A leader in sweet potatoes
SWEDEN AND NORTH CAROLINA — Fifty thousand acres. That’s about how much North Carolina farmland is devoted to sweet potato production, according to the North Carolina Department of Agriculture.
It turns out all of those acres produce enough sweet potatoes for the state to lead the nation in sweet potato production. It’s also enough to make North Carolina the leading exporter of sweet potatoes.
So it’s not surprising that North Carolina’s sweet spud is part of a test in what could be the future of produce shopping in America.
Right now, this potential future is being explored in Europe. It all starts in a large warehouse on the outskirts of Amsterdam, which houses the firm Eosta—an organic produce supplier.
The perfect produce for 'natural branding'
North Carolina's sweet potatoes are one of Eosta's big imports. Since North Carolina’s sweet spud is becoming quite a hit in Europe, the company is using them to try a new labeling system. It’s called natural branding.
Here's how it works. The potatoes are placed on a conveyor belt that carries them into a large, clear plastic enclosure where, in a flash of light, sparks and smoke, a logo is branded onto the potato.
That’s right, branded.
“It’s actually very simple because we’re not putting any ink on the potato and we’re not burning the potato, we take the pigment out of the outer layer of the fruit,” explains Michael Wilde, the sustainability manager for Eosta. “And the whole reason we are doing this is to avoid using plastic to differentiate the organic from the non-organic produce.”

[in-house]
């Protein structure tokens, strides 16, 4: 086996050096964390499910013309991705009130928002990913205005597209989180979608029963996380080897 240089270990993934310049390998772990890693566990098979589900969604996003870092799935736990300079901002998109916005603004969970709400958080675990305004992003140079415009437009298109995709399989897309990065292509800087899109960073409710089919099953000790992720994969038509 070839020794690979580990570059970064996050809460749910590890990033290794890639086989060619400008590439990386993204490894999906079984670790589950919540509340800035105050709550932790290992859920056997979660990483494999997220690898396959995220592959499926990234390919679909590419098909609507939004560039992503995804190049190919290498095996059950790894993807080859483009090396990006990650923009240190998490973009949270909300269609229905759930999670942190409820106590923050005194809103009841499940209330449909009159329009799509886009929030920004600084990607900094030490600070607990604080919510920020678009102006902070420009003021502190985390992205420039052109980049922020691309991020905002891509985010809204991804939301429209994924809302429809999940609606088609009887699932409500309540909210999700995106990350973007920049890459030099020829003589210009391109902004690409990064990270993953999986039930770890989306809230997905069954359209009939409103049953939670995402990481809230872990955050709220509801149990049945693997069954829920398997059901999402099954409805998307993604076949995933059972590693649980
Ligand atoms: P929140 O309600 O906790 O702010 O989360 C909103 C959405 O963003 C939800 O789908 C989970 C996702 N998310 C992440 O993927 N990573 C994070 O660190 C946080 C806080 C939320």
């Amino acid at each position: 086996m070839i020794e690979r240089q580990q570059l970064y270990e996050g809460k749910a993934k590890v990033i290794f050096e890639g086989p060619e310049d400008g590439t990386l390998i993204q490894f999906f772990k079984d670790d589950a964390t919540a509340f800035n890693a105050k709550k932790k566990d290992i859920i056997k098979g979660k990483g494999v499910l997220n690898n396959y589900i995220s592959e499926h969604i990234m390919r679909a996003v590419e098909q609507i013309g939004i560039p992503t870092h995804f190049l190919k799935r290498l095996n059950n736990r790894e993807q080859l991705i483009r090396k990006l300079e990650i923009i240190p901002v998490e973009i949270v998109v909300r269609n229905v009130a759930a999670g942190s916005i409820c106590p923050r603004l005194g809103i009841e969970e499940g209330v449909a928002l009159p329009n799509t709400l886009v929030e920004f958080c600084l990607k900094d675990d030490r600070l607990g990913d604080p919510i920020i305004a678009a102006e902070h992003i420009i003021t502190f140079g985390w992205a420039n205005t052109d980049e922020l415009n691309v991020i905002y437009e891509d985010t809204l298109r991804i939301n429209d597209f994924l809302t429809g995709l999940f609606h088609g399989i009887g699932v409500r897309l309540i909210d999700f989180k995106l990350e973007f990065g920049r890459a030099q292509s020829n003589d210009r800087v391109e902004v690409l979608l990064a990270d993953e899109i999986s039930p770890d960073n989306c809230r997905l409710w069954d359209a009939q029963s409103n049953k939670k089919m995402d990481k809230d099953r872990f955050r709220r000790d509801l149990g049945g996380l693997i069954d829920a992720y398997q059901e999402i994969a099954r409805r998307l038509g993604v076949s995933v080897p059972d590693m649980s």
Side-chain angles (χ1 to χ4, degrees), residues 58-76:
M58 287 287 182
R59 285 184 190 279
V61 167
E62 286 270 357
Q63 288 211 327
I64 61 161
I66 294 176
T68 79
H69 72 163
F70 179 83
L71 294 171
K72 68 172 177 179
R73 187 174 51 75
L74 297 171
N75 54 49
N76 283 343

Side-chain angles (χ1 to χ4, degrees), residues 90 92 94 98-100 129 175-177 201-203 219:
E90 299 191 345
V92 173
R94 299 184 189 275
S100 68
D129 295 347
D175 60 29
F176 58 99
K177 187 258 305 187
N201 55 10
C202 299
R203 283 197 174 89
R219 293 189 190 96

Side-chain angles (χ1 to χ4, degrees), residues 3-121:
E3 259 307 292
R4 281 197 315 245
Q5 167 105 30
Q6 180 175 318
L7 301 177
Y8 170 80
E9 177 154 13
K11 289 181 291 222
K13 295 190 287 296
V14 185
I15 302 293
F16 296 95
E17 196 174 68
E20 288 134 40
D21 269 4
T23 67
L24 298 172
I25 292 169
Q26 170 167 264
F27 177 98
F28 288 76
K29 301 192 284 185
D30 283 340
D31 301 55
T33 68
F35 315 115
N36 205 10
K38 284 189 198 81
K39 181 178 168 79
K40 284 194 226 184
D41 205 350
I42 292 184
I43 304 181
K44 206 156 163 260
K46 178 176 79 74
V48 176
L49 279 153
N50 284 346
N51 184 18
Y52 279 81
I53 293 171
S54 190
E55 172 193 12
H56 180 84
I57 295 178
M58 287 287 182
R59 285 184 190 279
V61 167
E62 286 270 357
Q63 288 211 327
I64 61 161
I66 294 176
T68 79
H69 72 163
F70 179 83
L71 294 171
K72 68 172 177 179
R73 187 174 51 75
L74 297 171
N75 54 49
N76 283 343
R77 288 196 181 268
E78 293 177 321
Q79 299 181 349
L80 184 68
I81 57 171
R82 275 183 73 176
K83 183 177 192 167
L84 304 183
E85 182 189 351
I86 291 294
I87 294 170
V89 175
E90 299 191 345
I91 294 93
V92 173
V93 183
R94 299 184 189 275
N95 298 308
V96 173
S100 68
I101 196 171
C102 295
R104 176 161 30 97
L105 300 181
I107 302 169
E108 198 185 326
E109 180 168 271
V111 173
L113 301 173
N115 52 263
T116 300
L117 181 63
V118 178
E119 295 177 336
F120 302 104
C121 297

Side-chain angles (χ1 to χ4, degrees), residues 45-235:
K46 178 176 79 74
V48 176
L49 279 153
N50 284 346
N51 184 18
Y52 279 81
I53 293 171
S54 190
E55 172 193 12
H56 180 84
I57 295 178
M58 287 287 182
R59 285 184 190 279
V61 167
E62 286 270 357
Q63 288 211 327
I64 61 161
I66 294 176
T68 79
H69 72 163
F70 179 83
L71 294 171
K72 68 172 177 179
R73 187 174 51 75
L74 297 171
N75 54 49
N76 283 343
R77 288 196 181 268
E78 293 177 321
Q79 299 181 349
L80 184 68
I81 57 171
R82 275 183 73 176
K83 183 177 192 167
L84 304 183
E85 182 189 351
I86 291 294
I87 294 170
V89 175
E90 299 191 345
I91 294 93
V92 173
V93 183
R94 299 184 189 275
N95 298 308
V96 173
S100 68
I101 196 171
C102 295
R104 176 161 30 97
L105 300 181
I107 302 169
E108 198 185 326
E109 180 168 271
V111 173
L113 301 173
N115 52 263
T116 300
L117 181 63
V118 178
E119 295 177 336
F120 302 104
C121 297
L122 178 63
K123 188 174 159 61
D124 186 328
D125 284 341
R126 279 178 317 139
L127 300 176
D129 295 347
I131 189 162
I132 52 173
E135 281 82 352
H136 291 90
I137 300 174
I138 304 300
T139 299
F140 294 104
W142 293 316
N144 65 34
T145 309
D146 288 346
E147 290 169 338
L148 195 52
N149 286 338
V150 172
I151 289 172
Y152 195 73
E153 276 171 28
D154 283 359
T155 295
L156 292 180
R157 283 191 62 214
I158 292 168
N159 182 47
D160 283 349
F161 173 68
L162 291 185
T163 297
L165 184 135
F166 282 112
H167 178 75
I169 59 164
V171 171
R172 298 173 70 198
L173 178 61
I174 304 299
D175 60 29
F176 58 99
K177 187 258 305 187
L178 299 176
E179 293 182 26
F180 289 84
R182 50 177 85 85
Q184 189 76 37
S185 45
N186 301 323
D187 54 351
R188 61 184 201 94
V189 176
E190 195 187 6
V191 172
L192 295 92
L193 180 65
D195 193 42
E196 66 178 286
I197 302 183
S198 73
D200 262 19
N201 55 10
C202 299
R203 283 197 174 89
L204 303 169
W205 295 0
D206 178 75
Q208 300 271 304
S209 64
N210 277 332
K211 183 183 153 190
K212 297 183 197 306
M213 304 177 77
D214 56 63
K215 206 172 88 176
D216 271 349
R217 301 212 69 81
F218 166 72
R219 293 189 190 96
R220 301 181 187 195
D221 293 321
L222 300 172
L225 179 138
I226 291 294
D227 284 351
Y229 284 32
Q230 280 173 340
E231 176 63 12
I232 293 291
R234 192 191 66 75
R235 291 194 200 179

Wilde admits there is very little difference in appearance behind organic and non-organic produce. So to create a recognizeable difference, the organic produce was packaged in plastic. However, plastic wrapping goes against the belief system of most organic shoppers, who are trying to eat more naturally and stay away from pesticides, herbicides and even packaging.
So Eosta worked with researchers at the University of Valencia along with a company called Laser Food to develop natural branding. It helped to differentiate organic produce and got rid of plastic packaging.
Natural branding's status in the U.S.
Wilde shows us a display of natural branded sweet potatoes in the produce section of an ICA store in Malmo, Sweden. ICA is a large supermarket chain in Europe.
Natural branding has been used in Australia and New Zealand; it was recently approved for use in Europe. But it has not been approved for use in the United States.
The new laser method proves practical
“You might be wondering why we don’t just put a small sticker on the potatoes,” asks Wilde. “It’s because stickers work fine on apples, where the skin is smooth, but because the potato skin is rough and bumpy, stickers fall off most of the time. And while organic shoppers may wonder about that brand on the potato, their hatred of plastic wrapping and stickers is much greater than their questions about natural branding. ”
The laser doesn’t burn the potato skin. It removes the pigment. That means the quality or taste of the potato doesn’t change. Wilde says their consumer research shows customers like the idea.
The laser draws the programmed logo, which in this case says "USA" as well as "I love ICA". The brand also includes the PLU number, which registers the price.
Peter Hagg, the senior category manager for ICA, says he’s found customers favoring fiber based packaging rather than plastic. But the research overwhelmingly shows customers prefer to have no packaging at all. That’s where natural branding comes in.
“It’s important to have the conventional and organic sweet potatoes at the same time in the store and natural branding allows us to do that without stickers that fall off and without plastic,” says Hagg. “You could put the organic potatoes in plastic, but customers wouldn’t be happy and it would be an environmental disaster to have so much plastic on a perfectly good product like this."
More and more, when shoppers overseas buy their North Carolina organic sweet potatoes, they can just look for the unique label-less label.
It's another reason, North Carolina's major agricultural export continues to not only grow in popularity, but also plays a big role in this new, eco-friendly trend in produce.